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Bathhouse 69

And here it is at last: all the coarse roof work is done, and I’ve moved on to the finish work.  If you look closely at the northwest leaf (running from center to center left in this picture), you can see that I had to put in several extra braces and supports to get the design to work without letting any rainwater through.  But the work paid off, because the next time it rained the only places that got wet were the areas between the sections, and once the ridgecaps were in place (which I accomplished in two days last week), there was an immediate and dramatic reduction in leaking.  I spent last Friday caulking the spots where water was still getting through, and at last it’s possible to walk around the entire area without getting wet unless the wind blows it in from the sides.  As I said last week, that work really doesn’t show up well in pictures, but I’m going to try to get a good shot showing the ridgecaps for next Friday’s column, by which point I should be finished installing the gutters if the weather cooperates.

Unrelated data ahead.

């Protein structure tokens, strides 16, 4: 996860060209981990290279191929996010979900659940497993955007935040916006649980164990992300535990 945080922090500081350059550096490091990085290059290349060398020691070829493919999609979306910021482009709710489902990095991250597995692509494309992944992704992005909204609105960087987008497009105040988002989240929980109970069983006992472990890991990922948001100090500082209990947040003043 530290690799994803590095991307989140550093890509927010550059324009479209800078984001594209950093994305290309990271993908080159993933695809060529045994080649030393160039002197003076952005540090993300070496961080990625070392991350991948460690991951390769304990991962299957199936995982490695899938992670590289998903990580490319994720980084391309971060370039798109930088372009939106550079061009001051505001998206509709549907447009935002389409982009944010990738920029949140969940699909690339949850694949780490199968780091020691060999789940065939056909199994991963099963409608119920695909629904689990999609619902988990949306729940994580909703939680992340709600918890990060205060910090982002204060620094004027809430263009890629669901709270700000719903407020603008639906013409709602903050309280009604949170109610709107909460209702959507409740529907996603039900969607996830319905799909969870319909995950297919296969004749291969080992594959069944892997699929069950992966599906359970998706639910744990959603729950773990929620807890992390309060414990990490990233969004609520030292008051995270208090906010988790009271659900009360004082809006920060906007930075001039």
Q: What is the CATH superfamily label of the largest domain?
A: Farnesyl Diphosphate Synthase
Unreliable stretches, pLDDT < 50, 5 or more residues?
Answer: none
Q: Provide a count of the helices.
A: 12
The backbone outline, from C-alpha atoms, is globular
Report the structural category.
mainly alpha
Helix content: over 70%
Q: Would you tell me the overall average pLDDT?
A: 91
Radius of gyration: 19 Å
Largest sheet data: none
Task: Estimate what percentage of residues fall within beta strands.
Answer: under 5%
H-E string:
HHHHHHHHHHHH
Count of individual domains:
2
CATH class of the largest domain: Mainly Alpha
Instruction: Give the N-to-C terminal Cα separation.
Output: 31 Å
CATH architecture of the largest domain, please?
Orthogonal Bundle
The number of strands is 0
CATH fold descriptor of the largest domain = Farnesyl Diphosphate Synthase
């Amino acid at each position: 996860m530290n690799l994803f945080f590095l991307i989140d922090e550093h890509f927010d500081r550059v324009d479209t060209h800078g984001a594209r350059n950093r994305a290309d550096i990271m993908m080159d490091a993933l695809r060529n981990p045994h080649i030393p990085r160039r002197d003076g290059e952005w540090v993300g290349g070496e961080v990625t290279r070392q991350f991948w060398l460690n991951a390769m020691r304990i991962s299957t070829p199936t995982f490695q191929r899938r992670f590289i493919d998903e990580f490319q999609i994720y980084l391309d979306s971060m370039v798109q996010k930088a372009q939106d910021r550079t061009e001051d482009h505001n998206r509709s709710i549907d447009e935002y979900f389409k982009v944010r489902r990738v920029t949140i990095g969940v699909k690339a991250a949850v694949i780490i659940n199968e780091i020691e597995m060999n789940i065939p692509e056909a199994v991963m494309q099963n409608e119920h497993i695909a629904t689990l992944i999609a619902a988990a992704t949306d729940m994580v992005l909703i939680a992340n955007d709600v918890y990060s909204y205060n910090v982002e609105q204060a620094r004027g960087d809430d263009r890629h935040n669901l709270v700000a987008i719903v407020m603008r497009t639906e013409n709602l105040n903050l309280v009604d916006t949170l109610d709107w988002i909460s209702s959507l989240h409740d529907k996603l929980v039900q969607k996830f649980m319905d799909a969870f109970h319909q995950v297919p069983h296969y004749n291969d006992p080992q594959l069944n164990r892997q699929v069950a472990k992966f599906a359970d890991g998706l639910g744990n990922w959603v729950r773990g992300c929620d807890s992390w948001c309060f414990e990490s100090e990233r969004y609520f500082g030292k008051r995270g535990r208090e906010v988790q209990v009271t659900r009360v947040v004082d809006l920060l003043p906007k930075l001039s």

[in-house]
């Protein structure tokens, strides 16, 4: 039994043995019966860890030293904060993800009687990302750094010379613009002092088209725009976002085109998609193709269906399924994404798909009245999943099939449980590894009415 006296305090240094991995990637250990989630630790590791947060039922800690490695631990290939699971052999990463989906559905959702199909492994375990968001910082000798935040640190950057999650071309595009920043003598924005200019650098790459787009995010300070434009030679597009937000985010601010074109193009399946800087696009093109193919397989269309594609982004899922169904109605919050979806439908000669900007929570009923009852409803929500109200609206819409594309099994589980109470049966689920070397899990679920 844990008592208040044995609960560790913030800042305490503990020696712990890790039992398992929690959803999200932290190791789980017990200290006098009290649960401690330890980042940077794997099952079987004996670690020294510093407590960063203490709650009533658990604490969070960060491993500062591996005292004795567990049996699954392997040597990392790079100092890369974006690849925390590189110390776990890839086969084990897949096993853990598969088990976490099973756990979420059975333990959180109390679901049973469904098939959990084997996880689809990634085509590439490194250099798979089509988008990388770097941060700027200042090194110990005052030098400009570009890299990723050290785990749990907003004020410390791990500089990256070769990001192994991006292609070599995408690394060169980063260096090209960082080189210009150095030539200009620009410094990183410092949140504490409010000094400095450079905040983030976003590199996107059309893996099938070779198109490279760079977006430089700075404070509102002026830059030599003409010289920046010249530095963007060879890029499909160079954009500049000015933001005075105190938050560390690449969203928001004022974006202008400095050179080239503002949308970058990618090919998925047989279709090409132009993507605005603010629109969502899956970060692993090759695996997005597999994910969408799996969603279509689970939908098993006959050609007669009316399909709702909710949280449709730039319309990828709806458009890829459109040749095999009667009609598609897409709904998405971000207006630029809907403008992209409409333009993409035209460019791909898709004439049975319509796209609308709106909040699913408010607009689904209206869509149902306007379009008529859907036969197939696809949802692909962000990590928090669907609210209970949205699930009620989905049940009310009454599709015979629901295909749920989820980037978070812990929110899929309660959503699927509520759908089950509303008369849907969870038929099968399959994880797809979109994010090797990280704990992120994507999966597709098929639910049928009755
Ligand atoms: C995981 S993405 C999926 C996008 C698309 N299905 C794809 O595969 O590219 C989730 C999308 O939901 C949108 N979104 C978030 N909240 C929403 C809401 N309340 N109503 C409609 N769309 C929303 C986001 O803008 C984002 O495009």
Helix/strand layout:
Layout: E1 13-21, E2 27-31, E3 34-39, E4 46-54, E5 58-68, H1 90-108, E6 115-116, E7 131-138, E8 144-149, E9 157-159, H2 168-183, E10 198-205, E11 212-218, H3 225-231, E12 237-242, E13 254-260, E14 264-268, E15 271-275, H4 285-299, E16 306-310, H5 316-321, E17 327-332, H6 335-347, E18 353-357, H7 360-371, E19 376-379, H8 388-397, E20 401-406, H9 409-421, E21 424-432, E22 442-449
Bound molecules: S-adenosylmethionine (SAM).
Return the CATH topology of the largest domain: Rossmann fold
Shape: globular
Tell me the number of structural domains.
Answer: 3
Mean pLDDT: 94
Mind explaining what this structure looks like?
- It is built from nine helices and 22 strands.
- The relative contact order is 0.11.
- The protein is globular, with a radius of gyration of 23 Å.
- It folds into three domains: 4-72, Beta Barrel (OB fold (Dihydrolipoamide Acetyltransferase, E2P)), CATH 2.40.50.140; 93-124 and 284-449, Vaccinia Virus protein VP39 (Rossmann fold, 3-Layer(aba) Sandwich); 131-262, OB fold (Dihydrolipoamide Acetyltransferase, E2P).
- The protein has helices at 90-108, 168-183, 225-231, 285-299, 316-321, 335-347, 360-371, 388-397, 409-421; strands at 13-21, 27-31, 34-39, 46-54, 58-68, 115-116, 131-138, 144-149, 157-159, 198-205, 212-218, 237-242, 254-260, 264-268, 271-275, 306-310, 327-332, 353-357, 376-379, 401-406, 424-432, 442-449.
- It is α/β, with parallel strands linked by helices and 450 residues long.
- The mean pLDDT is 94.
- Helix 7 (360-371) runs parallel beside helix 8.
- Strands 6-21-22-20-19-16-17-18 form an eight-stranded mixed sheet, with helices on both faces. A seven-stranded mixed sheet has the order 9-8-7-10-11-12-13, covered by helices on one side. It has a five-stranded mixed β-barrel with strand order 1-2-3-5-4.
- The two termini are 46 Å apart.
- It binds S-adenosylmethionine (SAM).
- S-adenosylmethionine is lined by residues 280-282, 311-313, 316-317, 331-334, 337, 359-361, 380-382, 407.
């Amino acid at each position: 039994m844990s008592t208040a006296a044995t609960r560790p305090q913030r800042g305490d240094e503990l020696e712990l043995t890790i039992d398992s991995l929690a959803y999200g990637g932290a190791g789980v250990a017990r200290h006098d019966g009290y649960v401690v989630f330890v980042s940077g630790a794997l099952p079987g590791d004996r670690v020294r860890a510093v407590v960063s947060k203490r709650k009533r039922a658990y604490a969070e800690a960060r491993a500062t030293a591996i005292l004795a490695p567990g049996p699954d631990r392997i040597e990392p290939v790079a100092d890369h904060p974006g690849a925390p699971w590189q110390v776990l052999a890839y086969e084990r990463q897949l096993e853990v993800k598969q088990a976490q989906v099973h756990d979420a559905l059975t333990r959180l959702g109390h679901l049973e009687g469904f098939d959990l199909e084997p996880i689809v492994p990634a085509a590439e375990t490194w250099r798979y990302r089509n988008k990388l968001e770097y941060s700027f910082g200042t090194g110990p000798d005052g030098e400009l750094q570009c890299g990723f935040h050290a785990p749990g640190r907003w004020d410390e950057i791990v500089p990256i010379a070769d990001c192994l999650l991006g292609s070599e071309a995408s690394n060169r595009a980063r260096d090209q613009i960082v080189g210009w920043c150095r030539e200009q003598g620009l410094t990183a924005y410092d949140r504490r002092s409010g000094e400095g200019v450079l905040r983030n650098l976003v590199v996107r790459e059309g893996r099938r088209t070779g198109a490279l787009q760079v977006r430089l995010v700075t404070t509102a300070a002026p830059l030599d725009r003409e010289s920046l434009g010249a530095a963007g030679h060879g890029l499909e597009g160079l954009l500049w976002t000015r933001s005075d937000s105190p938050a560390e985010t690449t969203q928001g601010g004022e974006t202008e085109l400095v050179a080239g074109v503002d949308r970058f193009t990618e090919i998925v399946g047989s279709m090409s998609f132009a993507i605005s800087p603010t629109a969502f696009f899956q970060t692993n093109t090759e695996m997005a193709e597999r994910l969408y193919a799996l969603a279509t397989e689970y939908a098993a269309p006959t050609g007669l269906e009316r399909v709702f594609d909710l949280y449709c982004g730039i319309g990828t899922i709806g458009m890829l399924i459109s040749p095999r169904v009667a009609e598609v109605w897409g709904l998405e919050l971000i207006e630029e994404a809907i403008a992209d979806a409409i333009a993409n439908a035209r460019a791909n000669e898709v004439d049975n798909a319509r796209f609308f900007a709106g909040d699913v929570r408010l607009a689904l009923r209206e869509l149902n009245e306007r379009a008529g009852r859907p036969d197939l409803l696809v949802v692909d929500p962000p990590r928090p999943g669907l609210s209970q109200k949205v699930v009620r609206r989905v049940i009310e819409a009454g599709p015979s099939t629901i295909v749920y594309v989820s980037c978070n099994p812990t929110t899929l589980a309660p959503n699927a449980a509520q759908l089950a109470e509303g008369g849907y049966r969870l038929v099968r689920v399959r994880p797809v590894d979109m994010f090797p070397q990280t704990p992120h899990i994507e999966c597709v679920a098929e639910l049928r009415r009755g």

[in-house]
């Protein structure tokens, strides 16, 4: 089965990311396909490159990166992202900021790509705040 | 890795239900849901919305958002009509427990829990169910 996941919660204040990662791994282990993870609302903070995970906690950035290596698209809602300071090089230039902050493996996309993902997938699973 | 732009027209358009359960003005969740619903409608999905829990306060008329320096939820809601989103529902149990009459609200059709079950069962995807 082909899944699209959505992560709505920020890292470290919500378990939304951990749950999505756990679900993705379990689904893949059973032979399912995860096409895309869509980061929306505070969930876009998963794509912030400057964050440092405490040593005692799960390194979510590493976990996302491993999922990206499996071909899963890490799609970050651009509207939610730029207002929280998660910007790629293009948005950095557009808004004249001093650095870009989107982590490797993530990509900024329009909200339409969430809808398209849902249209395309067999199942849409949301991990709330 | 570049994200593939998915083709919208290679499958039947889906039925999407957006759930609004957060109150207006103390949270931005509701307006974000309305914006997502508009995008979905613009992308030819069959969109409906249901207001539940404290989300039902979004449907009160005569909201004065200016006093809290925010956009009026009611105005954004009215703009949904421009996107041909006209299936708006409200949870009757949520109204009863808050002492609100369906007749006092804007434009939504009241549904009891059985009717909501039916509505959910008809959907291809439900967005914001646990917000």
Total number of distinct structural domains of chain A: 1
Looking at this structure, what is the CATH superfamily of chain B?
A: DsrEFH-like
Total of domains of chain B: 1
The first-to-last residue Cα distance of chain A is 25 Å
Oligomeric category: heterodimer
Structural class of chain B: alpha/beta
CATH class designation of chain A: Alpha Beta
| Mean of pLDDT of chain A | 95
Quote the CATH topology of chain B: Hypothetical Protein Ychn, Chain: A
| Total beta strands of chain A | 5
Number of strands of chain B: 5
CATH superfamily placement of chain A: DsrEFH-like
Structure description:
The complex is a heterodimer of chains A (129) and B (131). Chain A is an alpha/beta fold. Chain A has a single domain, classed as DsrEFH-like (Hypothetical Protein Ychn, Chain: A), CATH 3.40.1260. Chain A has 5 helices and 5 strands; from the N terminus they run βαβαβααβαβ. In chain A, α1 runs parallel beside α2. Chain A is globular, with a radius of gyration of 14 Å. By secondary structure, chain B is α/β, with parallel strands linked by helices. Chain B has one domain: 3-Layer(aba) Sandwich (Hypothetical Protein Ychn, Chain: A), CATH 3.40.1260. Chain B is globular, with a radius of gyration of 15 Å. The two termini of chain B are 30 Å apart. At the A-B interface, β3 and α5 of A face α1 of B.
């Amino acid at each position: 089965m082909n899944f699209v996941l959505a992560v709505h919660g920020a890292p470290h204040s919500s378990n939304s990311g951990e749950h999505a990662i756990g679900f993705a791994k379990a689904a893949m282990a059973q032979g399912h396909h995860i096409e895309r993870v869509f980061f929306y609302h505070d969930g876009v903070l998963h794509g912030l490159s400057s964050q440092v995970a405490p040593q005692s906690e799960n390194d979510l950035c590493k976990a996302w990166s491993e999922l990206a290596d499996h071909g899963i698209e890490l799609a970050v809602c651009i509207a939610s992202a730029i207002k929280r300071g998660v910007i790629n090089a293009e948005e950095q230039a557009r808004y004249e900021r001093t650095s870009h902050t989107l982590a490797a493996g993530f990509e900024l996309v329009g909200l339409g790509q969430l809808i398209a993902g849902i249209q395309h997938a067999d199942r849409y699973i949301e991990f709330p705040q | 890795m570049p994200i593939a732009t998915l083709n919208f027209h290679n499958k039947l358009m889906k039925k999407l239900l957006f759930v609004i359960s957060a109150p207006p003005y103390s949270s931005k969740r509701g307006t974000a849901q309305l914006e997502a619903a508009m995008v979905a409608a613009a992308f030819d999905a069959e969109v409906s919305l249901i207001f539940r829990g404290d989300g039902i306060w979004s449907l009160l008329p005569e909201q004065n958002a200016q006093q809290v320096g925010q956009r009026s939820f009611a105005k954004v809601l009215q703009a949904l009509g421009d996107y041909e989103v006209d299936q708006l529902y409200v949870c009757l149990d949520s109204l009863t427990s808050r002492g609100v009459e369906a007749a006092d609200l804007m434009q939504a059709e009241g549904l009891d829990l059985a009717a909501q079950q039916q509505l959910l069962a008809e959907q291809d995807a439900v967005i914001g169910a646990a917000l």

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Customer Disservice